The Racial Link
Changes to the policies in 2008 did not have the same positive effect for all students in Denver Public Schools. Color Lines reports that although African American students in Denver make up 15 percent of the student population, these students made up 32 percent of the student population that was suspended, expelled or arrested. Latino students also saw more disciplinary action by police than their white counterparts. In fact, for every white student who received an out-of-school suspension during the 2011-2012 school year, five African American students and two Latino students missed valuable class time for the same reason. In addition, more minority students were subjected to contact with the criminal justice system, which increased their odds for additional contact with the system in the future.
“Once school resource officers are in place, you not only see these negative effects on learning, but there tends to be an increase in contact with the criminal justice system,” Russell Skiba, director of Indiana University’s Equity Project, told the Huffington Post.
That discrepancy did not escape Padres y Jovenes Unidos, which determined those numbers were unacceptable for DPS. The organization launched another fight against the school district and scored another recent victory, according to the Huffington Post. The publication reports that this organization was instrumental in bringing about the recent reforms that require training and other changes between DPS and the local police department.
The new Intergovernmental Agreement (IGA) further clarifies the role of police in public schools, according to the Denver Post. The agreement states that the role will be limited to criminal threats to school safety, releasing officers from dealing with routine disciplinary matters. Those issues will be directed to school staff, including administrators or the appropriate services. In addition, officers that work in Denver Public Schools will be required to undergo training that minimizes race bias. Principals and security guards will go through the same type of training.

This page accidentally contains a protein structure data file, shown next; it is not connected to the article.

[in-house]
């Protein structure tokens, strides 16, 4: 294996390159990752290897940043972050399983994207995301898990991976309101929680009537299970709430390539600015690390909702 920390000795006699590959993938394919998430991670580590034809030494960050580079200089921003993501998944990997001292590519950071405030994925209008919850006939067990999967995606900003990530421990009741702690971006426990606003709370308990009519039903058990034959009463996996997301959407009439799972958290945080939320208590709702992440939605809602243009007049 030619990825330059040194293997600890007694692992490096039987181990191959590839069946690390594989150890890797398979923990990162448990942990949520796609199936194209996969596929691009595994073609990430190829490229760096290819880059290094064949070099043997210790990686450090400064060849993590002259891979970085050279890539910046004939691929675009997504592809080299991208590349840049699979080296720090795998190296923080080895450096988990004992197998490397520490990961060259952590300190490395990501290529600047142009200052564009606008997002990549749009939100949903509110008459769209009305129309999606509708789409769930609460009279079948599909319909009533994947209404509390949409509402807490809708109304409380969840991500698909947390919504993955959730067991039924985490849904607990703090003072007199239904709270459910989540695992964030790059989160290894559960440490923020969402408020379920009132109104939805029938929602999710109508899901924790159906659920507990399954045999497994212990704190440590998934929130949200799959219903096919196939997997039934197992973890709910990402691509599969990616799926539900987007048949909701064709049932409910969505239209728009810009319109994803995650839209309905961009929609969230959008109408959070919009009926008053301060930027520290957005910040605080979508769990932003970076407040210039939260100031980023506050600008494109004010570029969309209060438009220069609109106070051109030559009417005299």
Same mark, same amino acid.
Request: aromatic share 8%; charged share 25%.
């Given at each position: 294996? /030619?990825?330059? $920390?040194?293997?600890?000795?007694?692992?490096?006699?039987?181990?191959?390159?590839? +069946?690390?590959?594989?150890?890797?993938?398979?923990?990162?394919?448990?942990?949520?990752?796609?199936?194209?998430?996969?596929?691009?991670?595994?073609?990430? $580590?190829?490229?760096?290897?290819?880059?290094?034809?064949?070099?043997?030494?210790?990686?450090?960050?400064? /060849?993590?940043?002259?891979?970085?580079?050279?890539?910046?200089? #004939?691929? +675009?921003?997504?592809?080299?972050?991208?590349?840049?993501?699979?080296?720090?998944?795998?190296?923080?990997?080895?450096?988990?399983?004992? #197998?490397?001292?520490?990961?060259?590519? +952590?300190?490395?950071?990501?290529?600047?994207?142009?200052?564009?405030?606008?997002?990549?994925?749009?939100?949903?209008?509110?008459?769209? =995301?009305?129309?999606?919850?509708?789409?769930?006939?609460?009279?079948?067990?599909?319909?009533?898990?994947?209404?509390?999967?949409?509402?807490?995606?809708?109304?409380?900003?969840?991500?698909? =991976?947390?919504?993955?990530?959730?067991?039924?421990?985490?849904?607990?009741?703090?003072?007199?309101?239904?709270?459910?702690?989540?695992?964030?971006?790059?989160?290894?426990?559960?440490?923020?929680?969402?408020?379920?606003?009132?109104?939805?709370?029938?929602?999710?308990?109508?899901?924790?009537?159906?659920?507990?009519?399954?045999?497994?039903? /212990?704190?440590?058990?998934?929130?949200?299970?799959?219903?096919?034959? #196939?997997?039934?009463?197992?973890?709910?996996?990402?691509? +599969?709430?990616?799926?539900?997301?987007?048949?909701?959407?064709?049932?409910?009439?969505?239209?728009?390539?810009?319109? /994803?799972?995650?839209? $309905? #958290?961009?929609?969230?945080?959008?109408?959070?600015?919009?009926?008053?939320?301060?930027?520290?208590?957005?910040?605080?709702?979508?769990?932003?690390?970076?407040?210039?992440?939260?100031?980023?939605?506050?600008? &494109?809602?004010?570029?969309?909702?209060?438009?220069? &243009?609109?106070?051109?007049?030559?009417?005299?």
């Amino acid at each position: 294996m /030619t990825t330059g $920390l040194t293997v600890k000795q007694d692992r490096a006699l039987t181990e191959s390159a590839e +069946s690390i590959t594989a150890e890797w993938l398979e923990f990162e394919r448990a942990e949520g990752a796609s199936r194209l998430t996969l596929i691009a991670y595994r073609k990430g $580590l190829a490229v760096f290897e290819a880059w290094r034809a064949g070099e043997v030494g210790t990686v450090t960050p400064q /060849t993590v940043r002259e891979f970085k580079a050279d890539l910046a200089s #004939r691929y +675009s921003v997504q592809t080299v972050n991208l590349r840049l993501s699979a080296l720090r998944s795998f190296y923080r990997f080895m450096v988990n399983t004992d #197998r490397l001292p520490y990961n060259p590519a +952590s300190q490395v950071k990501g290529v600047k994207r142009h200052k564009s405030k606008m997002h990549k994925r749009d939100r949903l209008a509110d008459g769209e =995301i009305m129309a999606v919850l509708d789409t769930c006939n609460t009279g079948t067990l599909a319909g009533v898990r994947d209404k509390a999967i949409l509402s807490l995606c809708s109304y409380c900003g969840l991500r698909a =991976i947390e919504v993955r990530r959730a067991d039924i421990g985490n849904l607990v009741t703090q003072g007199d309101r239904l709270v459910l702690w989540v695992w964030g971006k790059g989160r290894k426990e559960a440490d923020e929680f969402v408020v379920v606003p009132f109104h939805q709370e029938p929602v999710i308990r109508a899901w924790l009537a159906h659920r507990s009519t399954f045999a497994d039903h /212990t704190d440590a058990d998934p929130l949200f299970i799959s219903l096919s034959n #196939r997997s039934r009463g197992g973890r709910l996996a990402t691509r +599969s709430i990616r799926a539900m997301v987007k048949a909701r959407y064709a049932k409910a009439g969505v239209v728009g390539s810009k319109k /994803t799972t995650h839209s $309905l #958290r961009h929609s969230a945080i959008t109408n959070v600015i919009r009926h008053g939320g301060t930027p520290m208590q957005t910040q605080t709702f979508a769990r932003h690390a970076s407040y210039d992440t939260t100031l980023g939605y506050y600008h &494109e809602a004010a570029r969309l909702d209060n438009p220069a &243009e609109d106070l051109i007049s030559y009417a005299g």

According to the Denver Post, the changes should result in a number of positives for the school district. Research shows that when police stop arresting students for non-criminal offenses, dropout rates go down and retention rates go up. By limiting the number of contacts high schoolers have with police, their contact with law enforcement can be limited overall.
Discipline reform is relatively new to Denver Public Schools and few other districts nationwide are adopting similar policies at this time. It will take some time and history to know whether Denver’s approach to school discipline increases criminal activity in schools, or has the desired effect of minimizing students’ exposure to the criminal justice system over a lifetime.